Yes and No…
By Ted Auch, Great Lakes Program Coordinator, FracTracker Alliance
We know from the most recent Ohio Department of Natural Resources (ODNR) permitting numbers that Carroll County, Ohio is home to 26% (461 of 1,778) of the state’s Utica permits and 43% (312 of 712) of all producing wells as of the end of Q3-20141 (Figure 1). But does that mean that the county will continue to see that kind of industrial activity for the foreseeable future? The primary question we wanted to ask with this latest piece is whether the putative “king” of the state’s Utica shale gas counties is indeed Carroll County.
To do this we compiled an inventory of annual (2011-2012) and quarterly OH shale gas production numbers for 721 laterals throughout southeast OH.
Permitting and production numbers are not necessarily part and parcel to determine if Carrol Co is truly the king. We decided to investigate the production data and do a simple compare and contrast with the rest of the state’s 409 laterals on one side (ROS) and the 312 Carroll laterals on the other – focusing primarily on days of production and resulting oil, gas, and brine (Table 1 and infographic below).
Carroll vs. ROS Results
Permitting Numbers Breakdown
Between the initial permitting phase of September 2010 and January 2105 the number of Utica Shale permits issued in the ROS has averaged 29 per month vs. 10 per month in Carroll County. Permitting actually increased twofold in the ROS in the last 12 months (Figure 2). Conversely, permitting in Carroll County seems to have reached some sort of a steady state, with monthly permitting declining by 23% in the last 12 months. Carroll’s Utica permits generally constituted 47% of all permitting in OH but more recently has dipped to 44%. Newer areas of focus include Belmont, Guernsey, Noble, and Columbiana counties, just to name a few.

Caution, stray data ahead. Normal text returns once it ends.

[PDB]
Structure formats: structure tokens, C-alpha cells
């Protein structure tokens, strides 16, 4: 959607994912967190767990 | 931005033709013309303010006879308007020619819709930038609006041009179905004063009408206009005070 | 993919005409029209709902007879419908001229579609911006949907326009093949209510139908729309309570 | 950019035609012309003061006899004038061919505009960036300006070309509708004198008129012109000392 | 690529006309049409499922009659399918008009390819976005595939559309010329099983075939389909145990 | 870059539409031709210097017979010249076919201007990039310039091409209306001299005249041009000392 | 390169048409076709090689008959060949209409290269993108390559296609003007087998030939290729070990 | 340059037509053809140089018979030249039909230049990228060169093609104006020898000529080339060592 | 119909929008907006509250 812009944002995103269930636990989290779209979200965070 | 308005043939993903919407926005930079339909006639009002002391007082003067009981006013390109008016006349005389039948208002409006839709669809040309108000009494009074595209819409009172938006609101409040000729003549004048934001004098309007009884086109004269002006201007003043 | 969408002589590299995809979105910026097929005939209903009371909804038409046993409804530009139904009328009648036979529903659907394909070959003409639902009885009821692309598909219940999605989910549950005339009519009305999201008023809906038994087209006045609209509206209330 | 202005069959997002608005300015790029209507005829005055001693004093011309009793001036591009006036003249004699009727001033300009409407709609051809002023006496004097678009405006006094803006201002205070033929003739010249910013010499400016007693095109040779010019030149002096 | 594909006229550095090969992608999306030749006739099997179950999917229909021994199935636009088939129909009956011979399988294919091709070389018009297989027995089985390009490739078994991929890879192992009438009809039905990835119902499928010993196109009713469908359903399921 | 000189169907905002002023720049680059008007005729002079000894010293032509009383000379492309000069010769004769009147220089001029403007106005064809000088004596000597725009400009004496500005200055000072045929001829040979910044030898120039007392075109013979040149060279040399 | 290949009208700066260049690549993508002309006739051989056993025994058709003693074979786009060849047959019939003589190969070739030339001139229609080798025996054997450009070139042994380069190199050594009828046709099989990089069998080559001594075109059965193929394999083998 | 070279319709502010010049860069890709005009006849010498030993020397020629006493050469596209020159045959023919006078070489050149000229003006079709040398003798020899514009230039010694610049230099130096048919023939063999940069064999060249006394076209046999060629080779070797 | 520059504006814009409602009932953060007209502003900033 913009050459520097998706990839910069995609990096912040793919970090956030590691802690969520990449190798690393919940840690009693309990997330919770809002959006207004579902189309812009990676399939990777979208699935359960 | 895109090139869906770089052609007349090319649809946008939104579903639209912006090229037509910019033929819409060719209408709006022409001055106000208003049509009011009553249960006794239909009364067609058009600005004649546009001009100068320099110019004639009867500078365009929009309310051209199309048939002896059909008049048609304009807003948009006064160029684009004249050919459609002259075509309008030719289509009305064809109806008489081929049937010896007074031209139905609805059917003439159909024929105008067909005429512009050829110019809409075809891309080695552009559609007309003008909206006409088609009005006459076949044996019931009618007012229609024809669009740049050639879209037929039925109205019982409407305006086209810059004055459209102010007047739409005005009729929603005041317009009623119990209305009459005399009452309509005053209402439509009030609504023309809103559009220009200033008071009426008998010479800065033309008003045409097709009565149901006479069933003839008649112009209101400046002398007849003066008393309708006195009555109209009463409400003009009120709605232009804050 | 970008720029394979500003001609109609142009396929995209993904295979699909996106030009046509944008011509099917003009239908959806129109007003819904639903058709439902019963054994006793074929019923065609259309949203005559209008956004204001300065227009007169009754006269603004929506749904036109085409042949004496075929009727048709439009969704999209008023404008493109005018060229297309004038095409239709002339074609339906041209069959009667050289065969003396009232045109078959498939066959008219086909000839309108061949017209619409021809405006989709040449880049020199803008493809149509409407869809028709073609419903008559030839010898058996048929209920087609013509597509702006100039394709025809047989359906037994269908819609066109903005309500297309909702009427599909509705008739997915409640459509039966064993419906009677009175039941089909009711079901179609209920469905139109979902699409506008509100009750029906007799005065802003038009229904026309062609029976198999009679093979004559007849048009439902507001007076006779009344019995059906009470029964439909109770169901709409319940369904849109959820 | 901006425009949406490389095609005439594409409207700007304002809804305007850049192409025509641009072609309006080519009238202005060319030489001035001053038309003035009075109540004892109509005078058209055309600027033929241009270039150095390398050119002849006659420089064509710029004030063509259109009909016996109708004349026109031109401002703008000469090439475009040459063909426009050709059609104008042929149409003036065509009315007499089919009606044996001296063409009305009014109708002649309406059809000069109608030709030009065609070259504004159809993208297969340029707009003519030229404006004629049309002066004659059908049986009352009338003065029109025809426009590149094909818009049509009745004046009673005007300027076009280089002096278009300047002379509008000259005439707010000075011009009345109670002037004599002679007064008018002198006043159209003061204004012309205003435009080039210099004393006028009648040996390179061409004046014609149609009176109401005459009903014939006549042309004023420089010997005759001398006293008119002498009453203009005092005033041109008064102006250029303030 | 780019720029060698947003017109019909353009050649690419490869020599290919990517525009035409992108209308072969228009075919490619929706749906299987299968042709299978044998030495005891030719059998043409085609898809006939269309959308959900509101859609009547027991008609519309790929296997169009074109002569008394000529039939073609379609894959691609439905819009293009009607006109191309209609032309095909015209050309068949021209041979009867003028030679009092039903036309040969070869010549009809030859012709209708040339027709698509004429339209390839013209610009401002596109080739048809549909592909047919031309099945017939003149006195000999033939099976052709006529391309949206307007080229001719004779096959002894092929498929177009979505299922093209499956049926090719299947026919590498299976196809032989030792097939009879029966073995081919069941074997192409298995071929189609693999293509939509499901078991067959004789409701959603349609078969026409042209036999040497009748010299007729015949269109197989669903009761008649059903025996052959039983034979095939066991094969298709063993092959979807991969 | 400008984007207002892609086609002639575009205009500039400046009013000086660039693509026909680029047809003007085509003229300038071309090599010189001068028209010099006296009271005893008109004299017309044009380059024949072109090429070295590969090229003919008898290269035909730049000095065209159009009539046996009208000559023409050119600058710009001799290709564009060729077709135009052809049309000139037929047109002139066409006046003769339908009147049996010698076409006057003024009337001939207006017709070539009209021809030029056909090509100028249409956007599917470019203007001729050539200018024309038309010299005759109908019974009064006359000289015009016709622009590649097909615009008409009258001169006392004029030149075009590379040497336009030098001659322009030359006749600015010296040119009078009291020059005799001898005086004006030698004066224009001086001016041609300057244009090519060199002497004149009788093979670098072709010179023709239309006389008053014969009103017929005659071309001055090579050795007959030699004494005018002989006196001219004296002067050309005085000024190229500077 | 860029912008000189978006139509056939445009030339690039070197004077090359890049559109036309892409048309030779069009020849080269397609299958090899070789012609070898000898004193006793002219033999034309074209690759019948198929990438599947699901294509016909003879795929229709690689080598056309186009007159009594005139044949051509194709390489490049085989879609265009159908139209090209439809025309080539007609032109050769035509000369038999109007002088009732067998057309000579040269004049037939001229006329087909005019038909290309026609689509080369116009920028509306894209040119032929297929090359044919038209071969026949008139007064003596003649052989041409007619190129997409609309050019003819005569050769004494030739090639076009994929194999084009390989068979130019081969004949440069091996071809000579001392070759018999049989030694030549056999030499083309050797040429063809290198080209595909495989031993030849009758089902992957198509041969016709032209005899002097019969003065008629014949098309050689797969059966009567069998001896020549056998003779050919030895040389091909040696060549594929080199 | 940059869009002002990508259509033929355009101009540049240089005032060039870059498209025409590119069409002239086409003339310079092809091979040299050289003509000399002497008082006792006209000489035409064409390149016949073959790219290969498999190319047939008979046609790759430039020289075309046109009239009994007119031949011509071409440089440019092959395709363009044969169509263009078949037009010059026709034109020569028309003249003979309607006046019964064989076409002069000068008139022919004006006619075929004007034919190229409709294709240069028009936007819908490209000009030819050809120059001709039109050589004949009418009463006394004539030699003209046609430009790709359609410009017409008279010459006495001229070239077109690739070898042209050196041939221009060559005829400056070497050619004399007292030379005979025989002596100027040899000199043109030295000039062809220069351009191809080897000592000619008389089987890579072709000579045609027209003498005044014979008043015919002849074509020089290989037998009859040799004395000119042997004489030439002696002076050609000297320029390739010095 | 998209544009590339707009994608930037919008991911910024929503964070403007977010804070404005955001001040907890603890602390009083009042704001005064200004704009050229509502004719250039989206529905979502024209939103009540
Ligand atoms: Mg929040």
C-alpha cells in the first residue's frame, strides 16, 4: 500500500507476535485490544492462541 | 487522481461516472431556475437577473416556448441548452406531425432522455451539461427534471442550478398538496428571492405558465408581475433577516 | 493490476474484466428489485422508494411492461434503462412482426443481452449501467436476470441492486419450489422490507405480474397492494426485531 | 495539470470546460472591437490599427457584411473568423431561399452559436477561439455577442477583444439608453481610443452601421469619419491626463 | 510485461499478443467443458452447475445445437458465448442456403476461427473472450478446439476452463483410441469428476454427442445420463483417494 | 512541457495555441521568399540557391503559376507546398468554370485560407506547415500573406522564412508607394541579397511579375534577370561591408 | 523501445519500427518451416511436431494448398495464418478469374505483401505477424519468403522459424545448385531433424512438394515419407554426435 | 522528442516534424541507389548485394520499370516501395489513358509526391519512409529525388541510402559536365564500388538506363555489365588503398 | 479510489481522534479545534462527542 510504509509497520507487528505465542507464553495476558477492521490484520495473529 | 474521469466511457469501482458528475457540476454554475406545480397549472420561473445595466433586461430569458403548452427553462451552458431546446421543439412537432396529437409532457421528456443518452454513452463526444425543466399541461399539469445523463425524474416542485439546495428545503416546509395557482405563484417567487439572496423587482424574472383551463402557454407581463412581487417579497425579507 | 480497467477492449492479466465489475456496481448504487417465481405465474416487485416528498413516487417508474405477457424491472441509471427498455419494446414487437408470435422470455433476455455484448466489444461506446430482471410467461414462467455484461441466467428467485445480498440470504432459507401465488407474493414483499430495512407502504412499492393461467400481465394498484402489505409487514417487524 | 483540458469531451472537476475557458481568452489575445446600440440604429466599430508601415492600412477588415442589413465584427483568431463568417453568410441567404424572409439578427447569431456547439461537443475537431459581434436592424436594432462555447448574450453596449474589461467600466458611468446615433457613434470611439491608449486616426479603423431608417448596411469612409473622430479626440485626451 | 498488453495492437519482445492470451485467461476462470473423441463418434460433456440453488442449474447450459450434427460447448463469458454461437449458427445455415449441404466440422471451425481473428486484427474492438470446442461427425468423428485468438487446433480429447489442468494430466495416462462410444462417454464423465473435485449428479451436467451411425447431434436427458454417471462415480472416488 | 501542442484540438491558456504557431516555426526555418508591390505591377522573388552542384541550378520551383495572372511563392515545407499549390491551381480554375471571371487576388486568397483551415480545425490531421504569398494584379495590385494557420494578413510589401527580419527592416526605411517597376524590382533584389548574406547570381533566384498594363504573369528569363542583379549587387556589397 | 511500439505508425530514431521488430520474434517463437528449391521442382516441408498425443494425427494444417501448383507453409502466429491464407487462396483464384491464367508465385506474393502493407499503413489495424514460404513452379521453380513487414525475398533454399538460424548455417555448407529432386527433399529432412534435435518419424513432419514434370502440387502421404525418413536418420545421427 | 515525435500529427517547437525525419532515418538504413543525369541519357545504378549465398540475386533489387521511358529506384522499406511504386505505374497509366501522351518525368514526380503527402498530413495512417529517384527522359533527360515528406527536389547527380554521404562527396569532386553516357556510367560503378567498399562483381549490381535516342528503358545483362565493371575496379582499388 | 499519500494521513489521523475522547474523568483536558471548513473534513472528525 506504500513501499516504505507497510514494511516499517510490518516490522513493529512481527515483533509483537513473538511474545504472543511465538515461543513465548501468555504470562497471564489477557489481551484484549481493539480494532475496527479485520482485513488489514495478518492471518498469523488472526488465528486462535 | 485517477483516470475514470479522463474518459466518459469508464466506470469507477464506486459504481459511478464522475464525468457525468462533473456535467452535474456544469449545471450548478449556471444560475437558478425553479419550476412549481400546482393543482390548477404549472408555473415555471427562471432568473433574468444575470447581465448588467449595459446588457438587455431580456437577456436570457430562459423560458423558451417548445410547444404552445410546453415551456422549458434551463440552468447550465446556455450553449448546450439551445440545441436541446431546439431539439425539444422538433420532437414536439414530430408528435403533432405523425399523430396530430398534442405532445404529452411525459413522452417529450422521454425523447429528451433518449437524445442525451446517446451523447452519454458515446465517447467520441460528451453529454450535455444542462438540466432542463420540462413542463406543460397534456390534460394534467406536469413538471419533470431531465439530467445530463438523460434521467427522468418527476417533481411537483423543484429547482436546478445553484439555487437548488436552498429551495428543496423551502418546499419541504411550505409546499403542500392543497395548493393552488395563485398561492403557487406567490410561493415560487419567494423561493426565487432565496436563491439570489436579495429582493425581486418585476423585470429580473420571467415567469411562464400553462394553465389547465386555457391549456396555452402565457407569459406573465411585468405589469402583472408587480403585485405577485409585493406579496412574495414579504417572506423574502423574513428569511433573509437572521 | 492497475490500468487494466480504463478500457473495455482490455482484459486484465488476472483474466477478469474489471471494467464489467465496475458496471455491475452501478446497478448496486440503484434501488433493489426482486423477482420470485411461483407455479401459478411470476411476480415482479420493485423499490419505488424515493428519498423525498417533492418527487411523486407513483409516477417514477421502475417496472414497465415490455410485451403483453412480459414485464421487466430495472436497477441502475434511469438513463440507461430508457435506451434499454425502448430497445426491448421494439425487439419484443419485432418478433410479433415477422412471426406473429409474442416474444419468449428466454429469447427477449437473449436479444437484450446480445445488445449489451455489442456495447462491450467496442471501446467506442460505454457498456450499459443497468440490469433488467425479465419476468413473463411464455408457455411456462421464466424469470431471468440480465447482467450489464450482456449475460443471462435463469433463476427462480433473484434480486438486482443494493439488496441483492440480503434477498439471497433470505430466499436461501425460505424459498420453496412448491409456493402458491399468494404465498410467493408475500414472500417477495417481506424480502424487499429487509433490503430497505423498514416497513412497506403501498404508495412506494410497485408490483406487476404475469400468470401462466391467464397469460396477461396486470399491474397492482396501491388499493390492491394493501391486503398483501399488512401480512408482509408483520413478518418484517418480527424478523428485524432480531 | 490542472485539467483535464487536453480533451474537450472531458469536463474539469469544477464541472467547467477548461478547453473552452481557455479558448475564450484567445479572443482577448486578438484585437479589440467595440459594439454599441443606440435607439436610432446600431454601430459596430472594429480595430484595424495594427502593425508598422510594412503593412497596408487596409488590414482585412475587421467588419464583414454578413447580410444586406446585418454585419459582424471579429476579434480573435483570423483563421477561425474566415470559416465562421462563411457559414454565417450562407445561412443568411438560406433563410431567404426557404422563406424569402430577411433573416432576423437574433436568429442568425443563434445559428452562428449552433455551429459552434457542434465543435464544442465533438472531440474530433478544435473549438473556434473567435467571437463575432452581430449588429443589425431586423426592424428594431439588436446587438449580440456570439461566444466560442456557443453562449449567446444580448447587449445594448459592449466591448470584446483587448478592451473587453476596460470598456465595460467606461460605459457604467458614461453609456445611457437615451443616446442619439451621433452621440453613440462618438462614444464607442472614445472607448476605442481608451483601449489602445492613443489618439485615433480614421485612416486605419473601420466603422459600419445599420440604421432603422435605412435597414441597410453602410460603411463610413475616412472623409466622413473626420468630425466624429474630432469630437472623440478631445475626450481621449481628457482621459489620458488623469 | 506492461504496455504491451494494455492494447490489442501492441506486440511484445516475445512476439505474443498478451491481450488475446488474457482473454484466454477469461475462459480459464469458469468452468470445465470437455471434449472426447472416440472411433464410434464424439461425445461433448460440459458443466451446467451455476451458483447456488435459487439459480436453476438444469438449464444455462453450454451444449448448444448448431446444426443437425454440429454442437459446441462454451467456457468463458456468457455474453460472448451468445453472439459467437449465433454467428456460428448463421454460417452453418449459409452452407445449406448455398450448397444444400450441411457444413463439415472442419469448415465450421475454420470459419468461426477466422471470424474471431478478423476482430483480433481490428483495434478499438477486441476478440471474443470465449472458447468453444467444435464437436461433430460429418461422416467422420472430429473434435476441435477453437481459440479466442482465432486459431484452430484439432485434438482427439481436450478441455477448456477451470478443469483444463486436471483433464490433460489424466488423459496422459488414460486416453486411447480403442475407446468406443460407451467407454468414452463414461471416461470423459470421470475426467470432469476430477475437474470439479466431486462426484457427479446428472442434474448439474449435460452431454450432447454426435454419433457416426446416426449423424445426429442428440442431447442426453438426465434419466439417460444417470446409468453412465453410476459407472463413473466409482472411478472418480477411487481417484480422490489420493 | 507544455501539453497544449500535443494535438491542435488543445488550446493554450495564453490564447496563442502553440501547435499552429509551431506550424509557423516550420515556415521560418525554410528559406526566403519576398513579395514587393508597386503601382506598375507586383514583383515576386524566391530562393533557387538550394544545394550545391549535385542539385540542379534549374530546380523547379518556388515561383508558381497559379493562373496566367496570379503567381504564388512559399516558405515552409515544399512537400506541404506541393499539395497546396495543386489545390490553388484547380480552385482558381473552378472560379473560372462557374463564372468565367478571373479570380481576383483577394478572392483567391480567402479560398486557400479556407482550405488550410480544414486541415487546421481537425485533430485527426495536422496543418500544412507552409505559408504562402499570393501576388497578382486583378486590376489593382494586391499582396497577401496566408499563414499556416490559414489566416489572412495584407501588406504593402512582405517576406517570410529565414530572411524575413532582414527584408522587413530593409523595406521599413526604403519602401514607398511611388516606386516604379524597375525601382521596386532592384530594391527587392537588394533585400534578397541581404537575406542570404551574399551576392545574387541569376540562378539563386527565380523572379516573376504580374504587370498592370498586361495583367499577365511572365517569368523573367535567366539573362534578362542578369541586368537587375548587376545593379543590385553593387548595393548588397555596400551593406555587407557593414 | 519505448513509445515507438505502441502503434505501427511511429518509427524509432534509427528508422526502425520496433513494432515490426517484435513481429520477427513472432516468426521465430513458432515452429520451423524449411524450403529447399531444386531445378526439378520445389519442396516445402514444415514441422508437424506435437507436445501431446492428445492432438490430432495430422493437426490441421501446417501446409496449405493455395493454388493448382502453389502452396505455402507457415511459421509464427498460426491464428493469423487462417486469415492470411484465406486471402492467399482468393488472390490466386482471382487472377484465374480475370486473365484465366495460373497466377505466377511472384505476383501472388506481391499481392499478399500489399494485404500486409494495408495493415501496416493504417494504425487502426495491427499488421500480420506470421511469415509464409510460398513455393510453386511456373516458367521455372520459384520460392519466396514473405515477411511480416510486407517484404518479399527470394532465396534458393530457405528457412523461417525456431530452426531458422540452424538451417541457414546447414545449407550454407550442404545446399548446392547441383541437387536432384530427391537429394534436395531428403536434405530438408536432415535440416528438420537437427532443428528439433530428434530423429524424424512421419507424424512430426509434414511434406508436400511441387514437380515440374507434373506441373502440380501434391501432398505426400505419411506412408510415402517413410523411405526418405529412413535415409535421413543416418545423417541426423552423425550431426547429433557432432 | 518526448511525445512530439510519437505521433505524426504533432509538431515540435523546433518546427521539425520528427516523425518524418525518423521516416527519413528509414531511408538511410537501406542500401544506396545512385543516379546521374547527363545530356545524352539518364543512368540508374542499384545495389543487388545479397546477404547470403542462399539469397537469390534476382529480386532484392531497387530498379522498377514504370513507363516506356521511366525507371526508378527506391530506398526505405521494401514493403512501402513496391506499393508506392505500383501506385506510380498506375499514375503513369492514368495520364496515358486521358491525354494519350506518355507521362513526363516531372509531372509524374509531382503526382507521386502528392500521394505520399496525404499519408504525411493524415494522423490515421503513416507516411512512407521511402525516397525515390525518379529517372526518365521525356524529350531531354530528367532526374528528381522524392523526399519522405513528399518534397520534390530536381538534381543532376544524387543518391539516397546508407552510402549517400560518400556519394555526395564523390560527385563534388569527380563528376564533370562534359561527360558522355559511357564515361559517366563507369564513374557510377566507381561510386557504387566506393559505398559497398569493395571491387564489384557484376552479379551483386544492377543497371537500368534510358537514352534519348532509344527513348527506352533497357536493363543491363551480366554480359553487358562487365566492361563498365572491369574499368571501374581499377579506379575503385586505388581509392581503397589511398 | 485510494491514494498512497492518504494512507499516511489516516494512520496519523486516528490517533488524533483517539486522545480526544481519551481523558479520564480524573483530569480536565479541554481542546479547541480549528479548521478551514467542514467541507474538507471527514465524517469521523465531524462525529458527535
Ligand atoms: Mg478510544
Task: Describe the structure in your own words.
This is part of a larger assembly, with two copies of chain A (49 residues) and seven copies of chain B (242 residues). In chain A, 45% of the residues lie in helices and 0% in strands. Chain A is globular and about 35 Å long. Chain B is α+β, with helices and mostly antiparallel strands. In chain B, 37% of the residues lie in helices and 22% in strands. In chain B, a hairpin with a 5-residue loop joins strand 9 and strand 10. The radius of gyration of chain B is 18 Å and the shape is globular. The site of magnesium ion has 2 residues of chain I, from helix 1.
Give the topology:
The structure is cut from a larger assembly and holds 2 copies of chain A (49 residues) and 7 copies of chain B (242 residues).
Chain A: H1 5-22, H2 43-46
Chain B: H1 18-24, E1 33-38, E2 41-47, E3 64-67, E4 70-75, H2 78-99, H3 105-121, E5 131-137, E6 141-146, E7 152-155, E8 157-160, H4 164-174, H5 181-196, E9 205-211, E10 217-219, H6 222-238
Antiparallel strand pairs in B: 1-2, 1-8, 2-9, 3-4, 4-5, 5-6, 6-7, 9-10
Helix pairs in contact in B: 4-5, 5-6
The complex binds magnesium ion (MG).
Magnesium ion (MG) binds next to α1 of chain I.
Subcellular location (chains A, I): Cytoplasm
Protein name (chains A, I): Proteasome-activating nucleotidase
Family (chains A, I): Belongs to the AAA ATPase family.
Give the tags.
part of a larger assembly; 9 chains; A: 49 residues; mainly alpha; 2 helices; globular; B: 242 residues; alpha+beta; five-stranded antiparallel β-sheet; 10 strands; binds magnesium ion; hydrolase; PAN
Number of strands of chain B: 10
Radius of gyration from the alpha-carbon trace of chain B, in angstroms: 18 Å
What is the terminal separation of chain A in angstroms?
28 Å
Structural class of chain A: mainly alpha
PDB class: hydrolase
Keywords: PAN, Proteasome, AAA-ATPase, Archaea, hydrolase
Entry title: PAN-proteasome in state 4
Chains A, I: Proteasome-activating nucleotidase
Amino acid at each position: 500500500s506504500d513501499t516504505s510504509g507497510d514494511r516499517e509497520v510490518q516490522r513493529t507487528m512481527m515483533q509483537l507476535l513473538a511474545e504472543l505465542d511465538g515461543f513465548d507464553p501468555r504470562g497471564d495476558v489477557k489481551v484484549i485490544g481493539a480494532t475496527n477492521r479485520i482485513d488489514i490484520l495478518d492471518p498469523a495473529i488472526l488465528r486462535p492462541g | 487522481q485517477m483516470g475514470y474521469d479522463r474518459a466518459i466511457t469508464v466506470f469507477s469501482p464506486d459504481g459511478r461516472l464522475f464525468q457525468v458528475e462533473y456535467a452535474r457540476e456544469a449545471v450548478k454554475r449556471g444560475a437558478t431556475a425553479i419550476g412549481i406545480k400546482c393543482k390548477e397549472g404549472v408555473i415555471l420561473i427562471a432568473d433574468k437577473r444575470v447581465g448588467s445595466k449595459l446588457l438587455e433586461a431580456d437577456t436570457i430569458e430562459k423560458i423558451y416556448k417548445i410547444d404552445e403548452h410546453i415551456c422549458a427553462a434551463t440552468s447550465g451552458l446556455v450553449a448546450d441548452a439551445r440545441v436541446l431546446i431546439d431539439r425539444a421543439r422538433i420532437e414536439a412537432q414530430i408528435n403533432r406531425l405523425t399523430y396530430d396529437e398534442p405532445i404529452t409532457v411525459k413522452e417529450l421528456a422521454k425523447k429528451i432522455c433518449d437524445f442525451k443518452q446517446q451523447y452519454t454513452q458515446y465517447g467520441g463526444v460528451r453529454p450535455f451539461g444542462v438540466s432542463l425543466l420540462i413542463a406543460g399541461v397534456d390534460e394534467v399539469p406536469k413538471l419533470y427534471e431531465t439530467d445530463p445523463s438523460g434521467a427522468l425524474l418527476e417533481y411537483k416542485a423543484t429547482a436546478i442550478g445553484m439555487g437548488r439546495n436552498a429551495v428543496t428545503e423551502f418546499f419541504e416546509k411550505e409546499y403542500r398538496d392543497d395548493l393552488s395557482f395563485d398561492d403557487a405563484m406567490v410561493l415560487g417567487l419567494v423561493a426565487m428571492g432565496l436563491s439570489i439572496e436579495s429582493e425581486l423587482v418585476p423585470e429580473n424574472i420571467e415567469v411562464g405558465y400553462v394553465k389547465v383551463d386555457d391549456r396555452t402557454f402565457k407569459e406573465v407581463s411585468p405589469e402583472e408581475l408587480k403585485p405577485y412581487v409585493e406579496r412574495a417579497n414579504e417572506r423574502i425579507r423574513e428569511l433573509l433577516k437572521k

Days in production is a proxy for road activity and labor hours. Carroll’s wells have the rest of the state beat for that metric, with an average of 292 (±188 days) days. The state average is 192 days, with significant well-to-well variability (±177 days). If we assume there was a total of 1,369 possible production days between 2011 and the end of Q3-2014, these averages translate to 21% and 14% of total possible production days for Carroll and ROS, respectively.
Carroll falls short of the ROS on a total and per-day basis of oil production, although the 442-barrel difference in total oil production is likely not significant. Carroll wells are producing 74 barrels of oil per day (OPD) (±73 OPD) compared to 96 OPD (±122 OPD) for the rest of the state; however, well-to-well variability is so large as to make this type of comparison quite difficult at this juncture. Fifty-seven percent of OH’s 11,361,332 barrels of Utica oil has been produced outside of Carroll County to date. This level of production is equivalent to 16,231 rail tanker cars and roughly 00.18% of US oil production between 2011 and 2013.
The natural gas story is mixed, with Carroll’s 312 wells having produced 13,430 MCF more than the ROS wells. On a per-well basis, however, the latter are producing 3,327 MCF per day (MCFPD) (±3,477 MCFPD) relative to the 2,155 MCFPD (±1,264 MCFPD) average for Carroll’s wells. Yet again, well-to-well variability – especially in the case of the 409 ROS wells – is high enough that such simple comparisons would require further statistical analysis to determine whether differences are significant or not.